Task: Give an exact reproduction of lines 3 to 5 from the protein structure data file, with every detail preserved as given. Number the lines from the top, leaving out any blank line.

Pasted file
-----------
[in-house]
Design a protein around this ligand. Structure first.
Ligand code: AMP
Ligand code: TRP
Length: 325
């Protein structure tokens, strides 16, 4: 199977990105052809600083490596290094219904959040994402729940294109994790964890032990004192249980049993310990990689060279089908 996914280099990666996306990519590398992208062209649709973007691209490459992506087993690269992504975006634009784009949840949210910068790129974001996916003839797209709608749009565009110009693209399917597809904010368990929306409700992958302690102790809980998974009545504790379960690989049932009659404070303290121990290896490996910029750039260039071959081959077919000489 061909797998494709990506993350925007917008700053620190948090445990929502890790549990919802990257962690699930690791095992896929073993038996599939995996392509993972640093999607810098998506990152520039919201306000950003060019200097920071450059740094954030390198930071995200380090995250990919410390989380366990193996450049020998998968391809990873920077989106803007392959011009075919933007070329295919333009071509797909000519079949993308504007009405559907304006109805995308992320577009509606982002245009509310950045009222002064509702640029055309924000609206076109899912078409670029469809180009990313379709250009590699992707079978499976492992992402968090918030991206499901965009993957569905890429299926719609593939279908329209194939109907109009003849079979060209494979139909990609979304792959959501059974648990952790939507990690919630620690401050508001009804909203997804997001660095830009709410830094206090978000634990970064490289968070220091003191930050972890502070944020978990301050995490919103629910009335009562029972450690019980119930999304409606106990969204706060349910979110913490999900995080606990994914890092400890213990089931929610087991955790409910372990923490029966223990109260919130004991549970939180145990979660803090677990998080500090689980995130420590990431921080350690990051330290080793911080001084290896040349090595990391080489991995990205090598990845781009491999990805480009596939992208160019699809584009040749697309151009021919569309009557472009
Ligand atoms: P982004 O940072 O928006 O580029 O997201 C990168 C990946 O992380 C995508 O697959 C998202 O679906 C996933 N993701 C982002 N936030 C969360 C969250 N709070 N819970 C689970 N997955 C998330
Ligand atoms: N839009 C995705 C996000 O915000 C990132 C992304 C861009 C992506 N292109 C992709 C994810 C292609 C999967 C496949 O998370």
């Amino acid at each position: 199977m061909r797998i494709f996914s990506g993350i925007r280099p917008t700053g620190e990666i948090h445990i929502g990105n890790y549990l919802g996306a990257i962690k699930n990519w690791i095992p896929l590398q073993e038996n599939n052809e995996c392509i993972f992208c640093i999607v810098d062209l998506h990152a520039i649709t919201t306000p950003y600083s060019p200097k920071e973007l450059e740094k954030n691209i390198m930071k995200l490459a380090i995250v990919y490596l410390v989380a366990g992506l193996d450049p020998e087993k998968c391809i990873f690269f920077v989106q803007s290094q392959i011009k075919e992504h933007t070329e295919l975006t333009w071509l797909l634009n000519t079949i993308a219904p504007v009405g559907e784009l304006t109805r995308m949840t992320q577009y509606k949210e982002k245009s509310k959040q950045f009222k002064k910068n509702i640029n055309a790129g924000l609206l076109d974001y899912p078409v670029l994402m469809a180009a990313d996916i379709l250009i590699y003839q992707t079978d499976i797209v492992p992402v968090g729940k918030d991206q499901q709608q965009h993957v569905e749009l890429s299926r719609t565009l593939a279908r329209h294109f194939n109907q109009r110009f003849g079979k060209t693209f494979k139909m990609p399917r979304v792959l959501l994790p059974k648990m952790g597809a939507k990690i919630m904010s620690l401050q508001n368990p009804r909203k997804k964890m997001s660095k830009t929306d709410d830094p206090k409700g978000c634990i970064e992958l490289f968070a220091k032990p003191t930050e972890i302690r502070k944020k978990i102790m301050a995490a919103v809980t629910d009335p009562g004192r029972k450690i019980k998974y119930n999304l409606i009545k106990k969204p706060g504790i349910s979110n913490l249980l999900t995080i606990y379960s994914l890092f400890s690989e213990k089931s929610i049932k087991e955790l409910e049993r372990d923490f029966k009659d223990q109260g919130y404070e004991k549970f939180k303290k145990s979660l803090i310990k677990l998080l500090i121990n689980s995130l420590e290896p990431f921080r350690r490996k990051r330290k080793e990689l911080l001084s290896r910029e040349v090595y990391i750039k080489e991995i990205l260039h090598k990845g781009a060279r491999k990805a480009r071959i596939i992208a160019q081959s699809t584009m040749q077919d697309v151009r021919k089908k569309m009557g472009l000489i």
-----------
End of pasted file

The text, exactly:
Ligand code: AMP
Ligand code: TRP
Length: 325